</div>
	<div id="bottomControls">
		<div id="btmHolder">
			<div id="btmPositioner">
				<img id="bingCopyright" src="/Style Library/Intranet/images/intranet/header_info.png" alt="" title="">
			</div>
		</div>
	</div>

It should look something like this:

I wanted to add a small weather icon on our intranet that wasn’t branded with Weather.com or accuweather or any other weather site. Luckly NOAA, whose site is weather.gov, has a free XML source so I could use that to read the weather. Using jQuery I parsed their complicated file for the current conditions temperature and icon. Then I update my div and img src and it’s done. There doesn’t seem to be to many people using it as I couldn’t find any help parsing the NOAA file. So there was a lot of trial and error.

Update the url property and then call getWeather() and it will do the rest. Here’s the code. Enjoy!

function getWeather(){
    	$(document).ready(function(){
    		jQuery.support.cors = true; //enables cross domain support
			$.ajax({
				type: "GET",
				url: "http://forecast.weather.gov/MapClick.php?lat=32.82564&lon=-117.1558867&unit=0&lg=english&FcstType=dwml",
				dataType: "xml",
				success: function(xml) {
				  $(xml).find('data').each(function(){
			            // current document tag
			            var Document = $(this);
			            var temp;
			            
			            // make sure you have the correct data type.
			            var n1 = Document.attr('type');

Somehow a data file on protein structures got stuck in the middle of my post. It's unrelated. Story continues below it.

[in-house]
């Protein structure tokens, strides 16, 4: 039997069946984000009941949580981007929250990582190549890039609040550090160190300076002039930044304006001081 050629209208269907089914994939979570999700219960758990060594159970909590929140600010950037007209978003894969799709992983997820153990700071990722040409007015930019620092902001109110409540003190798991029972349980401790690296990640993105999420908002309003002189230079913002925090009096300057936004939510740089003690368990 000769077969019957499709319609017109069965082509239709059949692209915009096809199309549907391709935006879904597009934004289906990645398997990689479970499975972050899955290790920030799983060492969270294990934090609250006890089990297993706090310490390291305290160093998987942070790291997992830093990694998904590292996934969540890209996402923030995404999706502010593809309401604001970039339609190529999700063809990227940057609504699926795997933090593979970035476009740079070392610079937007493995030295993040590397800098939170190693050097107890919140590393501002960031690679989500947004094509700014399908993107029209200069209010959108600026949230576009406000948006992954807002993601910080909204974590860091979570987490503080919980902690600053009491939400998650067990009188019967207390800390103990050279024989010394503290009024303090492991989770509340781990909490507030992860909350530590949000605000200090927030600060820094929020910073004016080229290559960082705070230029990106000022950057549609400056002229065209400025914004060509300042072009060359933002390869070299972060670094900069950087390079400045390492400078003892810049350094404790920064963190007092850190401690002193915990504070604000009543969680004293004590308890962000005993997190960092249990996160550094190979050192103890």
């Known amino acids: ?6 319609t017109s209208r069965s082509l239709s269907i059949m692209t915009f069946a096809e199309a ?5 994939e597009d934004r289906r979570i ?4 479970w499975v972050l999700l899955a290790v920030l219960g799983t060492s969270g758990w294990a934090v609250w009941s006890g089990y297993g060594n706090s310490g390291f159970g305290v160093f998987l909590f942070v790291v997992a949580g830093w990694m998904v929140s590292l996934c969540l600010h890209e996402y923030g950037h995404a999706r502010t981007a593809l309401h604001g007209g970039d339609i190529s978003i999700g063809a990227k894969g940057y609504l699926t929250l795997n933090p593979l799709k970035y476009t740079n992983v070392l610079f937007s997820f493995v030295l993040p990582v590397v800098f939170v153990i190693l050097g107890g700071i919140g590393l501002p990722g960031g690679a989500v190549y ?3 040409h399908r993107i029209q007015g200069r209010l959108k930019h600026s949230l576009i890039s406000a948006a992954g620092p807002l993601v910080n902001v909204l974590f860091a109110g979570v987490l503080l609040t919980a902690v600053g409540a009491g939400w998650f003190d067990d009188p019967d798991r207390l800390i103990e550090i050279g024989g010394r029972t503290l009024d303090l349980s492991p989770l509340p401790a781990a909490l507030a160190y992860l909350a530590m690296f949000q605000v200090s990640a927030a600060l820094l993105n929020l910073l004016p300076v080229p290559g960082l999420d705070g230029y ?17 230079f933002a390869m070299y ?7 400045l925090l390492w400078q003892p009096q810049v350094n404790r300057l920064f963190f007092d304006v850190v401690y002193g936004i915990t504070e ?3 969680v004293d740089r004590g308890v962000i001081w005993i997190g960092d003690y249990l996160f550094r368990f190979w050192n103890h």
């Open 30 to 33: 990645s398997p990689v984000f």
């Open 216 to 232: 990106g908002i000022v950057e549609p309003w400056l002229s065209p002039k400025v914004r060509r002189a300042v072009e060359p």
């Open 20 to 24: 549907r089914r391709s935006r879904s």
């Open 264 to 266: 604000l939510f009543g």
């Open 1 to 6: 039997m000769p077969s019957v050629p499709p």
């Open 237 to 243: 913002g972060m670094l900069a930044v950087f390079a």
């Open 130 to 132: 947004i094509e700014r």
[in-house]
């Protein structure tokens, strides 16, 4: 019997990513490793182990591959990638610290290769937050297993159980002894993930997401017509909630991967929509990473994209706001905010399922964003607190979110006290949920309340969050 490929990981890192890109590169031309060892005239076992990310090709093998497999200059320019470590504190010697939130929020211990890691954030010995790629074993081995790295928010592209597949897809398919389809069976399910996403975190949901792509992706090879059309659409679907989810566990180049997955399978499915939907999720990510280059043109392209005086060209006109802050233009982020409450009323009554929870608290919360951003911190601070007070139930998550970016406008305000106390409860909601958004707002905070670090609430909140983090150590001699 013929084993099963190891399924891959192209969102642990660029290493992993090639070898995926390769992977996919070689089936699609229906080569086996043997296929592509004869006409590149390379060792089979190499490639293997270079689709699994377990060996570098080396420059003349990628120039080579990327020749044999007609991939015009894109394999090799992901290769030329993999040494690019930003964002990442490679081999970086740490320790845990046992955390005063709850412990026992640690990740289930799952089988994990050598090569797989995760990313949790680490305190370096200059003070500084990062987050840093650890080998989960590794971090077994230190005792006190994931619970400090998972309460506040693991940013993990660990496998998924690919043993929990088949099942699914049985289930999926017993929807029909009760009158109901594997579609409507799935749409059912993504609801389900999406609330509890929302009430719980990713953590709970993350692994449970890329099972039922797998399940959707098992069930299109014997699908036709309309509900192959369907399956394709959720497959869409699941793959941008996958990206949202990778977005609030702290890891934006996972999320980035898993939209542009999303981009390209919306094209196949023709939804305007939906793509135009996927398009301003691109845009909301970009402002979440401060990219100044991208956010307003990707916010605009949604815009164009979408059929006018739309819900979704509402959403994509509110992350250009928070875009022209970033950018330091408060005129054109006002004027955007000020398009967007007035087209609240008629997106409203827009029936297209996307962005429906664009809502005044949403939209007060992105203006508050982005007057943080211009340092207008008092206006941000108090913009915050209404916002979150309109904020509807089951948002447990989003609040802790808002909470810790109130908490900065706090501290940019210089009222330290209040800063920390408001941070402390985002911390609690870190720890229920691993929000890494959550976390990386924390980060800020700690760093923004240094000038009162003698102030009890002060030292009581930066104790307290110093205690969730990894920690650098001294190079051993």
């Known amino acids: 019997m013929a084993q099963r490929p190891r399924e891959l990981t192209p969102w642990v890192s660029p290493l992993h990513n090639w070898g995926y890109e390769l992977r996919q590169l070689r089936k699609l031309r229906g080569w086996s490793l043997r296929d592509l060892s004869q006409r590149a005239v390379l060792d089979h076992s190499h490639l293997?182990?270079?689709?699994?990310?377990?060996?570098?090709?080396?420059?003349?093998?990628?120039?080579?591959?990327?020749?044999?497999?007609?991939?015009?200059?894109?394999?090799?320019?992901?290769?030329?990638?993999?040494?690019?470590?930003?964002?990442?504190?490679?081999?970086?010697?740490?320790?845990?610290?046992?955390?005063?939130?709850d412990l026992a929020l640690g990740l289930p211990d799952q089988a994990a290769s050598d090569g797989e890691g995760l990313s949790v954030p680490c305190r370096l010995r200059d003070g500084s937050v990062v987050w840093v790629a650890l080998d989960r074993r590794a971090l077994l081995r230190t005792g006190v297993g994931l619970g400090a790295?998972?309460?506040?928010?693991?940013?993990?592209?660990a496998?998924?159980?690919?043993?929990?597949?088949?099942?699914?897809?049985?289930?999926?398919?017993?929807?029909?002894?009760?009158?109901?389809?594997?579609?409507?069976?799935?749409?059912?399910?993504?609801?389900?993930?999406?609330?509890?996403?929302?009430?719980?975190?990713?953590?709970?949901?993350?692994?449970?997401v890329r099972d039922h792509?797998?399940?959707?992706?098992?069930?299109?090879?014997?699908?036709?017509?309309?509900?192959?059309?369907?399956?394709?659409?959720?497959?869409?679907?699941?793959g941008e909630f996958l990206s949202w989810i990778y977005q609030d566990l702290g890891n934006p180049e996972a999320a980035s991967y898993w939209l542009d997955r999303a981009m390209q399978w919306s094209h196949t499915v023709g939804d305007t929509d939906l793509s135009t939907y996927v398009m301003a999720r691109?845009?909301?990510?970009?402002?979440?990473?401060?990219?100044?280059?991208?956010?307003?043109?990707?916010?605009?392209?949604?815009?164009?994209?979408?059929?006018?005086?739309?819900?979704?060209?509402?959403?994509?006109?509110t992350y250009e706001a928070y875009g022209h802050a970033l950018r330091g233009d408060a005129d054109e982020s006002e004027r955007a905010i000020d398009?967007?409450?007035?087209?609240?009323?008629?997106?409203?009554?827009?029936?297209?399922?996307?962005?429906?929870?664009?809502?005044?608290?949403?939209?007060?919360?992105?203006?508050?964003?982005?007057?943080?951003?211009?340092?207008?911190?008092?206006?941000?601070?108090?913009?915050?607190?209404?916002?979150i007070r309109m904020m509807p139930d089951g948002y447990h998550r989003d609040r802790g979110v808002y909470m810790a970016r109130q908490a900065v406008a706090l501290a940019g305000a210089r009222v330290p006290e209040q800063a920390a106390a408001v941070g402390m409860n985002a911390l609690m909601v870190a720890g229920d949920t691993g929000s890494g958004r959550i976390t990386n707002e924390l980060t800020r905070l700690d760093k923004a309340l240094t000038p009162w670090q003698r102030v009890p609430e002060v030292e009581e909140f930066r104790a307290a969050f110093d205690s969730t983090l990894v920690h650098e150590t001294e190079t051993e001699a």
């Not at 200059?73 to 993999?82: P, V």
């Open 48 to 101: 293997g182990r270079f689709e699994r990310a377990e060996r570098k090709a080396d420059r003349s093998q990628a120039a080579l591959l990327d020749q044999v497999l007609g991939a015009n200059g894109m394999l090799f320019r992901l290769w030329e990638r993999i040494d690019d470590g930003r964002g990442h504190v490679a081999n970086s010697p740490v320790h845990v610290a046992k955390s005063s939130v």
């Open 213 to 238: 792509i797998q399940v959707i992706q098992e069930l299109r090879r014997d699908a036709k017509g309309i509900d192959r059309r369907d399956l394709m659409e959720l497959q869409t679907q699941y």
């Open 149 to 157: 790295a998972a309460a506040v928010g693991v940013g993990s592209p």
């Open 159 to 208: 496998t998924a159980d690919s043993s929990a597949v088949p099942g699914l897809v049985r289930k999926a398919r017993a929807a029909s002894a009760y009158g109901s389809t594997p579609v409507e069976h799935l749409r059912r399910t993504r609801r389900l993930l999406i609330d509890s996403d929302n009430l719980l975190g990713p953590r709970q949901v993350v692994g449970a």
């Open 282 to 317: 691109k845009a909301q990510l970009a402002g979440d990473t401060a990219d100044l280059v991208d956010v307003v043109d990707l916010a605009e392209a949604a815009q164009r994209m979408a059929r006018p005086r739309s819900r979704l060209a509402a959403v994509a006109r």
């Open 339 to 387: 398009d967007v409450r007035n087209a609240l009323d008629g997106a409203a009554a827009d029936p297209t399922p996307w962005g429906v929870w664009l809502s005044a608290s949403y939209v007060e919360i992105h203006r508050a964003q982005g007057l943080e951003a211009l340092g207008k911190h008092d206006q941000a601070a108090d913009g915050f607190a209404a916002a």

if(n1=='current observations'){
			            	//the correct icon-link
			            	var iconLink = Document.find('icon-link').text();

			            	var n2 = Document.find("temperature").attr("type");
			            	//finds the correct one and only retreives the first value.
			            	if(n2=='apparent'){temp = $(this).find('value').first().text();};
			            		
			            	//set it in the DOM
			            	$("#weather-icon").attr("src",iconLink );
			            	$("#weather").prepend("<span class='temp'>"+temp+"°</span>");
			            }
			        });
				}
			});
			//refresh weather every 30 minutes if page is refreshed by browse action.
			setInterval(function(){getWeather();},1800000);
		});
    }

I ran into this today. You are too probably because you have a Style Library Module that has somes folders. You deleted the file and the reference in Elements.xml but you can’t cause it’s still reference in the SharePointProjectItem.spdata file in the Style Library foler. You’ll have to navigate to the folder through explorer and delete the references.

Recently I had a page that had “Pages – ” in the Title. Couldn’t figure out where it was coming from until I follow the clue left for me in the masterpage by Randy Drisgill.

The Title is over written by the page layout page. You can get rid of the “Pages – ” in the title by editing the page layout of the page. In the offending page layout look for:

Then:

Set the ListProperty to Visible=”false” and delete the ” – ” before FieldValue on the next line.

Conversly you could add this code to a different page layout to ensure you have similiar page title across your entire site.

My offending page layout was BlankWebPartPage.

This is under Publishing Sites. I’m not sure if it is the same for Team Sites.

Hope this helps someone.